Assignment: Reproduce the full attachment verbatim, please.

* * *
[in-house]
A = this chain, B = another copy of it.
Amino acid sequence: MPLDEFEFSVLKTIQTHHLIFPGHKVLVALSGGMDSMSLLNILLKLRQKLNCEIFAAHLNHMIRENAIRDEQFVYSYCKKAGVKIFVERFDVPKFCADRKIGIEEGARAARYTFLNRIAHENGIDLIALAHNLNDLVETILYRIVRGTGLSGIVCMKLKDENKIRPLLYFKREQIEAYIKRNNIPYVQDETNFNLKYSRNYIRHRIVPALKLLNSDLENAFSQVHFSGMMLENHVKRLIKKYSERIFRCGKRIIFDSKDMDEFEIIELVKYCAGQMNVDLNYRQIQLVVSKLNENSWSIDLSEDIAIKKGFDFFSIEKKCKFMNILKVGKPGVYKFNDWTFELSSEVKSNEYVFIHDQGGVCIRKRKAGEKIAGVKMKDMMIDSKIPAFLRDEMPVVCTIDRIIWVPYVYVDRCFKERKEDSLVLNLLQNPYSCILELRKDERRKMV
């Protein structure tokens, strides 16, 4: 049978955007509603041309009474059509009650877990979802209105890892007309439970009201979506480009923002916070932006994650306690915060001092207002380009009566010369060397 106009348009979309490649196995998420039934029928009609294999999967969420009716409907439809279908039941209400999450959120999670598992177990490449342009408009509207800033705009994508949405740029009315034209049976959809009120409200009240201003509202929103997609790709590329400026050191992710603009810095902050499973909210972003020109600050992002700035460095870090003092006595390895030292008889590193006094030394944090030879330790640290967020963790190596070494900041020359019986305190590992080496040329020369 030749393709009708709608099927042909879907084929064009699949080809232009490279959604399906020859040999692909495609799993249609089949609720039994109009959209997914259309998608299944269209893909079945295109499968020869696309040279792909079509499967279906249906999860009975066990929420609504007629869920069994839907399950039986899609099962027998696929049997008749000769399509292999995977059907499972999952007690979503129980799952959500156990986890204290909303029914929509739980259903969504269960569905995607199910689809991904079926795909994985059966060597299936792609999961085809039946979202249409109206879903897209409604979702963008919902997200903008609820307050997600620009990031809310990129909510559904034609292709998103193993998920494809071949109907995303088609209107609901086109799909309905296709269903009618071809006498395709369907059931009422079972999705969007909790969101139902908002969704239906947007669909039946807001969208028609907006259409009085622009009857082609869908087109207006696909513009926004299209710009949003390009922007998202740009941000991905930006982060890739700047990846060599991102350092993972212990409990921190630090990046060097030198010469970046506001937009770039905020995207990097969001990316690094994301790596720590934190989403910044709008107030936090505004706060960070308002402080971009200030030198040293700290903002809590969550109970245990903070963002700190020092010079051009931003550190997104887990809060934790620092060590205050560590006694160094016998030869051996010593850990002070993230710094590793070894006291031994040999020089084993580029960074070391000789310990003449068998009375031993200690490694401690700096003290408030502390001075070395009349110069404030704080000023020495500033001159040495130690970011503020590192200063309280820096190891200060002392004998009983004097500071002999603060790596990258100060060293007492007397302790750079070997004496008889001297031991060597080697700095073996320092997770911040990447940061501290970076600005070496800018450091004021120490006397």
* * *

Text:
[in-house]
A = this chain, B = another copy of it.
Amino acid sequence: MPLDEFEFSVLKTIQTHHLIFPGHKVLVALSGGMDSMSLLNILLKLRQKLNCEIFAAHLNHMIRENAIRDEQFVYSYCKKAGVKIFVERFDVPKFCADRKIGIEEGARAARYTFLNRIAHENGIDLIALAHNLNDLVETILYRIVRGTGLSGIVCMKLKDENKIRPLLYFKREQIEAYIKRNNIPYVQDETNFNLKYSRNYIRHRIVPALKLLNSDLENAFSQVHFSGMMLENHVKRLIKKYSERIFRCGKRIIFDSKDMDEFEIIELVKYCAGQMNVDLNYRQIQLVVSKLNENSWSIDLSEDIAIKKGFDFFSIEKKCKFMNILKVGKPGVYKFNDWTFELSSEVKSNEYVFIHDQGGVCIRKRKAGEKIAGVKMKDMMIDSKIPAFLRDEMPVVCTIDRIIWVPYVYVDRCFKERKEDSLVLNLLQNPYSCILELRKDERRKMV
């Protein structure tokens, strides 16, 4: 049978955007509603041309009474059509009650877990979802209105890892007309439970009201979506480009923002916070932006994650306690915060001092207002380009009566010369060397 106009348009979309490649196995998420039934029928009609294999999967969420009716409907439809279908039941209400999450959120999670598992177990490449342009408009509207800033705009994508949405740029009315034209049976959809009120409200009240201003509202929103997609790709590329400026050191992710603009810095902050499973909210972003020109600050992002700035460095870090003092006595390895030292008889590193006094030394944090030879330790640290967020963790190596070494900041020359019986305190590992080496040329020369 030749393709009708709608099927042909879907084929064009699949080809232009490279959604399906020859040999692909495609799993249609089949609720039994109009959209997914259309998608299944269209893909079945295109499968020869696309040279792909079509499967279906249906999860009975066990929420609504007629869920069994839907399950039986899609099962027998696929049997008749000769399509292999995977059907499972999952007690979503129980799952959500156990986890204290909303029914929509739980259903969504269960569905995607199910689809991904079926795909994985059966060597299936792609999961085809039946979202249409109206879903897209409604979702963008919902997200903008609820307050997600620009990031809310990129909510559904034609292709998103193993998920494809071949109907995303088609209107609901086109799909309905296709269903009618071809006498395709369907059931009422079972999705969007909790969101139902908002969704239906947007669909039946807001969208028609907006259409009085622009009857082609869908087109207006696909513009926004299209710009949003390009922007998202740009941000991905930006982060890739700047990846060599991102350092993972212990409990921190630090990046060097030198010469970046506001937009770039905020995207990097969001990316690094994301790596720590934190989403910044709008107030936090505004706060960070308002402080971009200030030198040293700290903002809590969550109970245990903070963002700190020092010079051009931003550190997104887990809060934790620092060590205050560590006694160094016998030869051996010593850990002070993230710094590793070894006291031994040999020089084993580029960074070391000789310990003449068998009375031993200690490694401690700096003290408030502390001075070395009349110069404030704080000023020495500033001159040495130690970011503020590192200063309280820096190891200060002392004998009983004097500071002999603060790596990258100060060293007492007397302790750079070997004496008889001297031991060597080697700095073996320092997770911040990447940061501290970076600005070496800018450091004021120490006397």